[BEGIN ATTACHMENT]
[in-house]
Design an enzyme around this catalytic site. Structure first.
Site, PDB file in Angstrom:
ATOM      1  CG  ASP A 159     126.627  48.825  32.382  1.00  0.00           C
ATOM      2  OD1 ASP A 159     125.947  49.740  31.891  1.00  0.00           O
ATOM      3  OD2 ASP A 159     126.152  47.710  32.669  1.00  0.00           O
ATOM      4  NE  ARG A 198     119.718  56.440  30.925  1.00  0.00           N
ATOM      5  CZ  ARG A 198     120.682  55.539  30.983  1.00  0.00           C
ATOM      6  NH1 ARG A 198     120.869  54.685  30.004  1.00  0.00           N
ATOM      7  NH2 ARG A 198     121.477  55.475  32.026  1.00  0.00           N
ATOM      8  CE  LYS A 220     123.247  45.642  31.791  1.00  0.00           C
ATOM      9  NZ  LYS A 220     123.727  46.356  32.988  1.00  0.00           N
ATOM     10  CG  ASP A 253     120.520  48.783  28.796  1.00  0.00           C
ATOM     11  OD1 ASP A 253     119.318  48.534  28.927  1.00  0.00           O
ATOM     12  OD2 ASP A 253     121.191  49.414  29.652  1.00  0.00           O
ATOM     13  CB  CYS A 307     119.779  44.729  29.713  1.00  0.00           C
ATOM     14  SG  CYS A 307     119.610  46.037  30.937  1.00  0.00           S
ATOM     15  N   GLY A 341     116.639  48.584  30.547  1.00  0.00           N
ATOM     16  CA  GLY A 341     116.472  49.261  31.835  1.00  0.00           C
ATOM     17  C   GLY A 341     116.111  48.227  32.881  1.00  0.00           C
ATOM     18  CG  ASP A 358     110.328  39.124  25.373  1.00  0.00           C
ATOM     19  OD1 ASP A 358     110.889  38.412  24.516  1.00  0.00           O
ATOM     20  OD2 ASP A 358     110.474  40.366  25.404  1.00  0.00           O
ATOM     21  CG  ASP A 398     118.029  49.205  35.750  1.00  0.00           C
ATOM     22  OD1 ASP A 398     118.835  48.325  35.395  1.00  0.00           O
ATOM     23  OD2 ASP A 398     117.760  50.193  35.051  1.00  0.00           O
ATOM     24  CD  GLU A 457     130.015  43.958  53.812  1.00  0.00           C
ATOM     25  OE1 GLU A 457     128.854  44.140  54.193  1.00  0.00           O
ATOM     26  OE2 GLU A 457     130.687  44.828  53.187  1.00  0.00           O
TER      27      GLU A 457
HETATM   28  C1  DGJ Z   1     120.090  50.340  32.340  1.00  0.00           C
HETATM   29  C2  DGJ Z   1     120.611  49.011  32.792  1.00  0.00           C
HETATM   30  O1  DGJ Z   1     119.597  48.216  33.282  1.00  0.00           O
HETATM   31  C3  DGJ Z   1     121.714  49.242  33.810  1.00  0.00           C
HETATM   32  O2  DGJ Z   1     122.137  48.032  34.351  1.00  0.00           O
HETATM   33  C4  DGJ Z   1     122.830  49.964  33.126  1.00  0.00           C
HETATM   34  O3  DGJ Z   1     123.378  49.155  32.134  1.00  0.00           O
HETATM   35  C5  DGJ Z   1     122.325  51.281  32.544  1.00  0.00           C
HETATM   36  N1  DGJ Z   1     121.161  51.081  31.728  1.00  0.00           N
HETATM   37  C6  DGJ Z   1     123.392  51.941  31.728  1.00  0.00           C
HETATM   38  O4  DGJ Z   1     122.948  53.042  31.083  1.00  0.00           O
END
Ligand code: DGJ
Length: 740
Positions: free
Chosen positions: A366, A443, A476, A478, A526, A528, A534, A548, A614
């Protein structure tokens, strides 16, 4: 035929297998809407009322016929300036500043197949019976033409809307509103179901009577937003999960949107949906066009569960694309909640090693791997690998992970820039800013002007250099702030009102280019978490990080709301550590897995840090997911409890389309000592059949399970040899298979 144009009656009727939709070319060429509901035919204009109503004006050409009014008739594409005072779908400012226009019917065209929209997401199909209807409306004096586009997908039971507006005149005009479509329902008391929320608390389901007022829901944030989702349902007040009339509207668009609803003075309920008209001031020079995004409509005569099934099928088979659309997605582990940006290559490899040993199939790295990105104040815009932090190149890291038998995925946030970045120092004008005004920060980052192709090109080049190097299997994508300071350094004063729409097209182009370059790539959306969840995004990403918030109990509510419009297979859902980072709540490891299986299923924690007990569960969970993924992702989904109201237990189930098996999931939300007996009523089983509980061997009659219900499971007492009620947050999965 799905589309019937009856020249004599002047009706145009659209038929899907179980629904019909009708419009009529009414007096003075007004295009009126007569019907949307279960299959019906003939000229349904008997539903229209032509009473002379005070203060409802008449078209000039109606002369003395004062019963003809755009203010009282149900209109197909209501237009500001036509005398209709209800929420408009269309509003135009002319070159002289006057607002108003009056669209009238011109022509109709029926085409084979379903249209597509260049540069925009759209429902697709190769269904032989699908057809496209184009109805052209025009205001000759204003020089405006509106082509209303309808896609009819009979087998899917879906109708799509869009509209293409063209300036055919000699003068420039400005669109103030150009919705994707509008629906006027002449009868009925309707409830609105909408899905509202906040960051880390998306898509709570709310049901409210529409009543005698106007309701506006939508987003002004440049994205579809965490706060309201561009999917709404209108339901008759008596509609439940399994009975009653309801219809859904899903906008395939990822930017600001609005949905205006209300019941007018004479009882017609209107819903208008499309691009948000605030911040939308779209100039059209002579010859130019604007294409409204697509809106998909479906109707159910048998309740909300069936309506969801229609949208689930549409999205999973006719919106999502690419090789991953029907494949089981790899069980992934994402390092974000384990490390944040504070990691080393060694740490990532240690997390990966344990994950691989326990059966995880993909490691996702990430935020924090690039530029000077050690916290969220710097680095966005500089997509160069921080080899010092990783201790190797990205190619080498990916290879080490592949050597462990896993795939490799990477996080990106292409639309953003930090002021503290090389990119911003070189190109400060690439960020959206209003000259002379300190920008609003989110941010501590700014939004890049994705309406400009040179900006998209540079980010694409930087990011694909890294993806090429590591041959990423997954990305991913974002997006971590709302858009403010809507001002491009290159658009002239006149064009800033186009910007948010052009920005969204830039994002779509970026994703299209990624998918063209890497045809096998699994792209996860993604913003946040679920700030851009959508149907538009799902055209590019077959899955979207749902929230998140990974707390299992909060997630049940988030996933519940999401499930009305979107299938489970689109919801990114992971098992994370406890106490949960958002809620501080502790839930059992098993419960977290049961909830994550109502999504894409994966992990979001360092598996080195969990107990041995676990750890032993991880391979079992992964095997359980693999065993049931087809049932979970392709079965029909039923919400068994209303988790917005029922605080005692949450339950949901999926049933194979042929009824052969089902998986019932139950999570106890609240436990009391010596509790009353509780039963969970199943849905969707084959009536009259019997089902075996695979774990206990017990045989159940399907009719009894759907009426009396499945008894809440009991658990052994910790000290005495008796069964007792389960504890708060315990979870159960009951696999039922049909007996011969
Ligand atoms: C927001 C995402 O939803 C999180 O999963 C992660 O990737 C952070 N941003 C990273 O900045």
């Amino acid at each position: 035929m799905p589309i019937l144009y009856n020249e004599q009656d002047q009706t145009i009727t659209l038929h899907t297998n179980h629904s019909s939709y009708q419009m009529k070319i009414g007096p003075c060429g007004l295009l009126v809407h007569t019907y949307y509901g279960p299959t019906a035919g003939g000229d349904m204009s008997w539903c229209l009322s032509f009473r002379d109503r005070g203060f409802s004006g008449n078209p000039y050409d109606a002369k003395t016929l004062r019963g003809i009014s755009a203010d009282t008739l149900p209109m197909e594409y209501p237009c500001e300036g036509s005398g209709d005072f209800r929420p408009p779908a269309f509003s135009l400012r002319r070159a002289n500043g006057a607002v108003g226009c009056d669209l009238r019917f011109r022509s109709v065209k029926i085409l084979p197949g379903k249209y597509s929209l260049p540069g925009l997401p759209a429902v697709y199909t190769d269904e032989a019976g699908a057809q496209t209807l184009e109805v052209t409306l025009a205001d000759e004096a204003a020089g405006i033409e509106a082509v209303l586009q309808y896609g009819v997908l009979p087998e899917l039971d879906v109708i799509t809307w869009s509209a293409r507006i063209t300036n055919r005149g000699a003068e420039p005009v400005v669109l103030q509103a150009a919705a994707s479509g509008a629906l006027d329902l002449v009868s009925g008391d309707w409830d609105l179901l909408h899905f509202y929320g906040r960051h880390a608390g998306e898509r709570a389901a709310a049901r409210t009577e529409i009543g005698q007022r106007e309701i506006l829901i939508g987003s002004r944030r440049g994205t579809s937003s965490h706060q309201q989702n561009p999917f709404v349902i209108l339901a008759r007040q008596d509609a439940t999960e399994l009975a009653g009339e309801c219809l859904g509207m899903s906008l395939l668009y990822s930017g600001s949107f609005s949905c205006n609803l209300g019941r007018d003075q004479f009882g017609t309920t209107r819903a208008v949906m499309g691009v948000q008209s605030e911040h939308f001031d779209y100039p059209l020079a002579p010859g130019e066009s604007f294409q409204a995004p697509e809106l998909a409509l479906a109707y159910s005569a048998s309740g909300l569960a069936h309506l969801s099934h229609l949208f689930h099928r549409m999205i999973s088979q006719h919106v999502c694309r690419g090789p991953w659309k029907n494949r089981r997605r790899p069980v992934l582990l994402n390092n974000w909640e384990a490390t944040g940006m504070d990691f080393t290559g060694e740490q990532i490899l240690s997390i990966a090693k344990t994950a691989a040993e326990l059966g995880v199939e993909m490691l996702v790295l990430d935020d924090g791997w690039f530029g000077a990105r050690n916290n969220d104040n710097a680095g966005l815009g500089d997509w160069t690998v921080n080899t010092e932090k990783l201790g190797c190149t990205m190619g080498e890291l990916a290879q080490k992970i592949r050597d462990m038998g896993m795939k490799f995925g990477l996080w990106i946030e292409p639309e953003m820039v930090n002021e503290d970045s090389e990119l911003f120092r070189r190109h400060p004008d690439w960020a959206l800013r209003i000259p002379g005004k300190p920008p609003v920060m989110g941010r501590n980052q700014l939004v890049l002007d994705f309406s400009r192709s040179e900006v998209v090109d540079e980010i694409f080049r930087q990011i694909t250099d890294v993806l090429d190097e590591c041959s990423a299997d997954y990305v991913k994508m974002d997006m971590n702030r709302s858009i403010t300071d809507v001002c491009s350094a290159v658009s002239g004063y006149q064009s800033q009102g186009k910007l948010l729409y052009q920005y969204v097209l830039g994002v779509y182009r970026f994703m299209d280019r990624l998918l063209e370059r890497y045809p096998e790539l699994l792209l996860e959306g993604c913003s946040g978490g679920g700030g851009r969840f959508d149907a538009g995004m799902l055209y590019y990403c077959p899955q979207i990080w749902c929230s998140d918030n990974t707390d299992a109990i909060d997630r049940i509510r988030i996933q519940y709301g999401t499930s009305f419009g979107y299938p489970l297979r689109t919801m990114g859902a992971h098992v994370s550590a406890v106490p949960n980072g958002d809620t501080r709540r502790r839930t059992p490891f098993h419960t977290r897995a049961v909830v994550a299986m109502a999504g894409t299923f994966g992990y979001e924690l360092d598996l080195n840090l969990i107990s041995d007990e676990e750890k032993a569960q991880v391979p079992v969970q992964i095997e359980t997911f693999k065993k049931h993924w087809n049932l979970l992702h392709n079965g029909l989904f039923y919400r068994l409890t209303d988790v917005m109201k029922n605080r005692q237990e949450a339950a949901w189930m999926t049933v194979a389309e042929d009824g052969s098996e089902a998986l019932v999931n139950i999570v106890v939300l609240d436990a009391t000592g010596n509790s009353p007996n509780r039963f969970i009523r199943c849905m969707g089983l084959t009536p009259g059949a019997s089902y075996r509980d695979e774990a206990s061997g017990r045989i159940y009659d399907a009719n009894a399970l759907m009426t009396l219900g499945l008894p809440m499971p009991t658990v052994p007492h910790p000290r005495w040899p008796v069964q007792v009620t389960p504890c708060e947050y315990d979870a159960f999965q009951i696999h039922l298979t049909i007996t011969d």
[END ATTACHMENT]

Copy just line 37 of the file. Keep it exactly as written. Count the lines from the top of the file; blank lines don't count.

HETATM   34  O3  DGJ Z   1     123.378  49.155  32.134  1.00  0.00           O